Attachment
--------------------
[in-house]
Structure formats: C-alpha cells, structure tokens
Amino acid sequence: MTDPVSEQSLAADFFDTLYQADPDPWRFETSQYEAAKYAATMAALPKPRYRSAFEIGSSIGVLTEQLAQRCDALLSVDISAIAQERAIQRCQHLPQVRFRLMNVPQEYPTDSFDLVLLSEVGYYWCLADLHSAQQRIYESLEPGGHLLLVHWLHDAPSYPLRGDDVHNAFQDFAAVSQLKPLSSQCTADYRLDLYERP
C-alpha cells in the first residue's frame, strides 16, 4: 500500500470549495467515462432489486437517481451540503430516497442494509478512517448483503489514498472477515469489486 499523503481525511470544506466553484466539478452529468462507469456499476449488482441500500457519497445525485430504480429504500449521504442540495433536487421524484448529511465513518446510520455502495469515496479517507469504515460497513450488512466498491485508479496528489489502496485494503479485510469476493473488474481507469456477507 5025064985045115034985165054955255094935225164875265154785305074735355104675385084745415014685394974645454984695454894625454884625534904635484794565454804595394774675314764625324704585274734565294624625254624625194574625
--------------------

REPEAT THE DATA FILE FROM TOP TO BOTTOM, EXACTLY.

[in-house]
Structure formats: C-alpha cells, structure tokens
Amino acid sequence: MTDPVSEQSLAADFFDTLYQADPDPWRFETSQYEAAKYAATMAALPKPRYRSAFEIGSSIGVLTEQLAQRCDALLSVDISAIAQERAIQRCQHLPQVRFRLMNVPQEYPTDSFDLVLLSEVGYYWCLADLHSAQQRIYESLEPGGHLLLVHWLHDAPSYPLRGDDVHNAFQDFAAVSQLKPLSSQCTADYRLDLYERP
C-alpha cells in the first residue's frame, strides 16, 4: 500500500470549495467515462432489486437517481451540503430516497442494509478512517448483503489514498472477515469489486 499523503481525511470544506466553484466539478452529468462507469456499476449488482441500500457519497445525485430504480429504500449521504442540495433536487421524484448529511465513518446510520455502495469515496479517507469504515460497513450488512466498491485508479496528489489502496485494503479485510469476493473488474481507469456477507 5025064985045115034985165054955255094935225164875265154785305074735355104675385084745415014685394974645454984695454894625454884625534904635484794565454804595394774675314764625324704585274734565294624625254624625194574625